KAMPALA –The ban on boarding sections for primary and lower secondary schools in Kenya has triggered a discussion over the same topic in Uganda.
Kenya’s Education Ministry, declared recently that boarding sections for learners of up to grade nine, about 14 -15 years, would be abolished, effective next year.
Authorities noted that the decision was made to allow children at that age bracket to stay under the care of their parents or guardians. Children from nomadic pastoralist communities would however be exempted from the new regulation.
The Kenyan policy shift has in turn caused a debated amongst some Ugandans as Edward Lubega –an elder from Nabweru in the Wakiso district, concluding that the country should follow suit, questioning why young children had to attend boarding schools.
“The world is changing,” says Lubega. “Parents no longer have time for their children. Children attend boarding schools for the majority of their formative years and schools (teachers) at times don’t nurture them as expected. To combat this, we need a similar policy reform in Uganda.”
“Parents are weird now, how can you send a primary one child to a residential school,” wonders Lubega, adding that this needs to end since schools cannot take the place of parents and their crucial role in raising children.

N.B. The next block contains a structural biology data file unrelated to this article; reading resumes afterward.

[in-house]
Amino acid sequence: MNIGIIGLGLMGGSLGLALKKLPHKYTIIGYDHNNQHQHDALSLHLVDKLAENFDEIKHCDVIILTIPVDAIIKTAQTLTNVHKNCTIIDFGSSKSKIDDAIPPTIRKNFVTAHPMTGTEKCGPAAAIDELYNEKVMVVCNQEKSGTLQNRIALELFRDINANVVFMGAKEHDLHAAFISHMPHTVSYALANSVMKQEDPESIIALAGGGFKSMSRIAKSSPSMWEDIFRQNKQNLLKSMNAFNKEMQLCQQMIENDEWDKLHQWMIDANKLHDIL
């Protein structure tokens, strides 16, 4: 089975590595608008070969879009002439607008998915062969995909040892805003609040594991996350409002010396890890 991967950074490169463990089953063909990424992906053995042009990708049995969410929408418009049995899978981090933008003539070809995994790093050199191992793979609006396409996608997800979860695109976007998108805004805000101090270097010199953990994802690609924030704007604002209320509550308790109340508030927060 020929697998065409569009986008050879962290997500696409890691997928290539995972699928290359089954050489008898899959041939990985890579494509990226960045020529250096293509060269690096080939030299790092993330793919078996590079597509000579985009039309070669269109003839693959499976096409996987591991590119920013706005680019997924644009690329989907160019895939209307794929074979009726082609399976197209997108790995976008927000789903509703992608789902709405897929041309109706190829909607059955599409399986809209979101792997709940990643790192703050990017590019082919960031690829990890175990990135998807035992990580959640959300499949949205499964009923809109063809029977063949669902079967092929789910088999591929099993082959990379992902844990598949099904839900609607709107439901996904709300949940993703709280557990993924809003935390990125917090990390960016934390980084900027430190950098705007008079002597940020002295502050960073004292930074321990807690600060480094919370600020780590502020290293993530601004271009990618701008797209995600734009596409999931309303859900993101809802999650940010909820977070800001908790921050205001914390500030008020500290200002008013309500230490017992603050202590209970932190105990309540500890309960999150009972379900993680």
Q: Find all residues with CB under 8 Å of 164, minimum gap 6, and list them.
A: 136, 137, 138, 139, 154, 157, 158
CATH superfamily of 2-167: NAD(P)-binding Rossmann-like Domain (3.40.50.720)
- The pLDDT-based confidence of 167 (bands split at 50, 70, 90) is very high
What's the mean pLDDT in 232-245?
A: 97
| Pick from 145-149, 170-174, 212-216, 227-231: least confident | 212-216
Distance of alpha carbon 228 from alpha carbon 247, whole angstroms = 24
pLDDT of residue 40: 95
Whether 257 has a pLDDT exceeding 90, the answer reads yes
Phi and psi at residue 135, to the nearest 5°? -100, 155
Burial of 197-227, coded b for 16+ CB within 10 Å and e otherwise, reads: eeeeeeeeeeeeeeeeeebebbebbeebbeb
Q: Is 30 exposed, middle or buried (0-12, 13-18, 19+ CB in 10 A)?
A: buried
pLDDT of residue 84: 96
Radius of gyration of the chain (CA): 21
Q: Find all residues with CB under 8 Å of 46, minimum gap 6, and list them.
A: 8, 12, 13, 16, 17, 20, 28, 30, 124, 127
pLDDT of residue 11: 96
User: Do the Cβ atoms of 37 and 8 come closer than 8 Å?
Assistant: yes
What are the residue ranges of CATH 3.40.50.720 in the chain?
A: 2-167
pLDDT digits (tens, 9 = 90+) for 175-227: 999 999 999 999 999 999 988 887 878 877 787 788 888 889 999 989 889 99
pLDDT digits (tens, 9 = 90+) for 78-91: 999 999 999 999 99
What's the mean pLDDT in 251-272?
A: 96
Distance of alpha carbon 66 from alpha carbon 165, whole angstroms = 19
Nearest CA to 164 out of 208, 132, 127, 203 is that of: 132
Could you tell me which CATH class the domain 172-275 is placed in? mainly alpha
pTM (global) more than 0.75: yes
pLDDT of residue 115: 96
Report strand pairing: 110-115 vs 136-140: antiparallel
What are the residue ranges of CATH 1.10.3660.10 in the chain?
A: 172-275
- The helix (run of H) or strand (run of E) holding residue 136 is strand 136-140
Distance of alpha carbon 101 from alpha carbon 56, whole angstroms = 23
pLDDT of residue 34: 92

Rev Fr Ronald Okello, an educationist who doubles as the Executive Secretary of the Commission for Education of the Uganda Episcopal Conference, had similar concerns over the ever growing culture of taking young children to boarding schools.
Fr Okello says he finds it upsetting to see parents enrolling kids as young as four years old in boarding school, adding that while at school, a group of more than 100 children are entrusted to one or two wardens or matrons who might not be able to provide each child with the necessary nurturing.
It should however be noted that even before Kenya banned boarding sections in schools, there have been appeals from certain Ugandans calling for banning of the same, particularly for pre-primary and primary schools.
For instance, in 2015, Ugandan educationists under the leadership of Prof Abdu Kasozi, the former executive director of the National Council for Higher Education, recommended the outlawing primary-level boarding schools, insisting they were allegedly endangering children’s and family development.
Some parent, however, hold contrasting opinions on the subject. Boaz Magezi, a parent, says that the idea of outlawing boarding schools may not be feasible, considering the fact that many parents and guardians are forced to enrol their children in boarding sections due to their work or life style.